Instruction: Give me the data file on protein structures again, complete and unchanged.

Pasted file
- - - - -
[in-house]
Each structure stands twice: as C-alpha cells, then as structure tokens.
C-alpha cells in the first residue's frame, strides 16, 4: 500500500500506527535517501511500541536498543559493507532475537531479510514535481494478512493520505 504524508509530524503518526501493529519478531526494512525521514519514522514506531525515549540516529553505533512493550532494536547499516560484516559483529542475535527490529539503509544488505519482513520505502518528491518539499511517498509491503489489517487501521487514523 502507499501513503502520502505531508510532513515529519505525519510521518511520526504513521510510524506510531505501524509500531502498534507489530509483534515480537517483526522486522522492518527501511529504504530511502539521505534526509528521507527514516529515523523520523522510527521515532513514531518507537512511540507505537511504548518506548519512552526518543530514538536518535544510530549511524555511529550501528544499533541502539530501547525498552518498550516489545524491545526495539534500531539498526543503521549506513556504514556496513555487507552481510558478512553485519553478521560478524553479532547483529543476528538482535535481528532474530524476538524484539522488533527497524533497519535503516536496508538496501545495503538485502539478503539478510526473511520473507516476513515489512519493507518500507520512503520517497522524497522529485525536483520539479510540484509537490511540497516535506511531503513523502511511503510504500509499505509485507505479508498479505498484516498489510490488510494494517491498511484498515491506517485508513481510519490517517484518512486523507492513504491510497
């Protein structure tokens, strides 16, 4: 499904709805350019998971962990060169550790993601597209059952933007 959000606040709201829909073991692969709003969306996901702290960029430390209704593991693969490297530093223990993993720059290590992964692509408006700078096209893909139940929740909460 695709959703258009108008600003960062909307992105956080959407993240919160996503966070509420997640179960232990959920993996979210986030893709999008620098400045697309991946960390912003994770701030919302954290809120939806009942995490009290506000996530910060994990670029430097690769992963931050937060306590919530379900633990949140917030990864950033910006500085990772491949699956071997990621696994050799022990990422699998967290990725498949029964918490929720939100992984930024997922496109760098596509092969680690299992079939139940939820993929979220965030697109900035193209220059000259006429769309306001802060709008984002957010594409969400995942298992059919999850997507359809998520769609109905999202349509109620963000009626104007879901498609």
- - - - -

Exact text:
[in-house]
Each structure stands twice: as C-alpha cells, then as structure tokens.
C-alpha cells in the first residue's frame, strides 16, 4: 500500500500506527535517501511500541536498543559493507532475537531479510514535481494478512493520505 504524508509530524503518526501493529519478531526494512525521514519514522514506531525515549540516529553505533512493550532494536547499516560484516559483529542475535527490529539503509544488505519482513520505502518528491518539499511517498509491503489489517487501521487514523 502507499501513503502520502505531508510532513515529519505525519510521518511520526504513521510510524506510531505501524509500531502498534507489530509483534515480537517483526522486522522492518527501511529504504530511502539521505534526509528521507527514516529515523523520523522510527521515532513514531518507537512511540507505537511504548518506548519512552526518543530514538536518535544510530549511524555511529550501528544499533541502539530501547525498552518498550516489545524491545526495539534500531539498526543503521549506513556504514556496513555487507552481510558478512553485519553478521560478524553479532547483529543476528538482535535481528532474530524476538524484539522488533527497524533497519535503516536496508538496501545495503538485502539478503539478510526473511520473507516476513515489512519493507518500507520512503520517497522524497522529485525536483520539479510540484509537490511540497516535506511531503513523502511511503510504500509499505509485507505479508498479505498484516498489510490488510494494517491498511484498515491506517485508513481510519490517517484518512486523507492513504491510497
């Protein structure tokens, strides 16, 4: 499904709805350019998971962990060169550790993601597209059952933007 959000606040709201829909073991692969709003969306996901702290960029430390209704593991693969490297530093223990993993720059290590992964692509408006700078096209893909139940929740909460 695709959703258009108008600003960062909307992105956080959407993240919160996503966070509420997640179960232990959920993996979210986030893709999008620098400045697309991946960390912003994770701030919302954290809120939806009942995490009290506000996530910060994990670029430097690769992963931050937060306590919530379900633990949140917030990864950033910006500085990772491949699956071997990621696994050799022990990422699998967290990725498949029964918490929720939100992984930024997922496109760098596509092969680690299992079939139940939820993929979220965030697109900035193209220059000259006429769309306001802060709008984002957010594409969400995942298992059919999850997507359809998520769609109905999202349509109620963000009626104007879901498609």